Presidential campaigns have turned to smartphone applications to reach more voters.
However, Eyewitness News found out those apps are so advanced, personal information is out there for anyone to find.
Channel 9 showed the President Barack Obama voter app to voters in Charlotte.
It uses Google maps to identify a person's location and then finds registered Democrats in the area with their address, age and gender.
Eyewitness News showed the application to voter Ruth Stilwell.
"That's disturbing. That somebody could get that much information about me that's readily available to anybody, now that does disturb me," she said.
The Obama for America app was created in part for volunteers who canvass neighborhoods, but anyone can download it for free.
Channel 9 also showed it to residents like Susan Keesler.
"Oh my goodness! You feel like you're stalking people," Keesler said.
Keesler said she doesn't mind people knowing she's a Democrat, but she's not so sure about others.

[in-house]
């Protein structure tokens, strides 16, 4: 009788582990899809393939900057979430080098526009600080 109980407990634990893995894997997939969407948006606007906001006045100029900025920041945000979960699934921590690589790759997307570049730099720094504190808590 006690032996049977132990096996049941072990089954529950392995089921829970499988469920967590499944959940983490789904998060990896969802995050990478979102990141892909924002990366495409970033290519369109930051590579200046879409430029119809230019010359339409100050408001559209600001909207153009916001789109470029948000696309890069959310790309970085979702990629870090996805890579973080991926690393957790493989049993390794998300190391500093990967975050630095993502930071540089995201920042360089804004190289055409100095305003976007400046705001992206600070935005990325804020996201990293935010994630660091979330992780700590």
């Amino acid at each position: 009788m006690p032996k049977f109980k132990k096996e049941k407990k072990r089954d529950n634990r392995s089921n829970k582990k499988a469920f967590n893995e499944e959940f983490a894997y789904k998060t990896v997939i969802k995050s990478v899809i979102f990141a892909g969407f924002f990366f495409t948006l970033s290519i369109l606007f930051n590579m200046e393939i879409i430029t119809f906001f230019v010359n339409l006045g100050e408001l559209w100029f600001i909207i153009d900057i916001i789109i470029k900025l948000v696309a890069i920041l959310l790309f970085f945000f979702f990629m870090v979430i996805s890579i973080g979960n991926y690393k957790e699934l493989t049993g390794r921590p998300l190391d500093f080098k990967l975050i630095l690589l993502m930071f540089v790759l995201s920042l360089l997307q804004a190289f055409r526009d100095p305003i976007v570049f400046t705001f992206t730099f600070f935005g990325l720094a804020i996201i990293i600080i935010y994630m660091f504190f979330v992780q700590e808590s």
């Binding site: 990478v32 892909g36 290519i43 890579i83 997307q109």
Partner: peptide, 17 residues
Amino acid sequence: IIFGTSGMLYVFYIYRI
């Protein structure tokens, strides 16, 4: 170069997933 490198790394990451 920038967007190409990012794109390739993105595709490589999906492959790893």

"I mean, I think politics and religion are those two subjects that some people just don't like to share with other people," she said.
Channel 9 asked the Obama campaign about these privacy concerns. A representative said everything used in the app is public information that people can get by walking into a campaign office or searching online.
"Well, this is so much easier. No one's going to take that time to do that," Keesler said.
Dr. Michael Bitzer, a political science professor at Catawba College, said the app is effective and important for the Obama campaign.
He said so far that campaign is the only one using an app this advanced.
"It will probably be widely used as cellphone technology, smartphone technology continues to advance," Bitzer said.
The Obama campaign said it is committed to protecting privacy. There have been no reports of people using the app inappropriately, but if the campaign becomes aware of any concerns about inappropriate use, it will alert the authorities.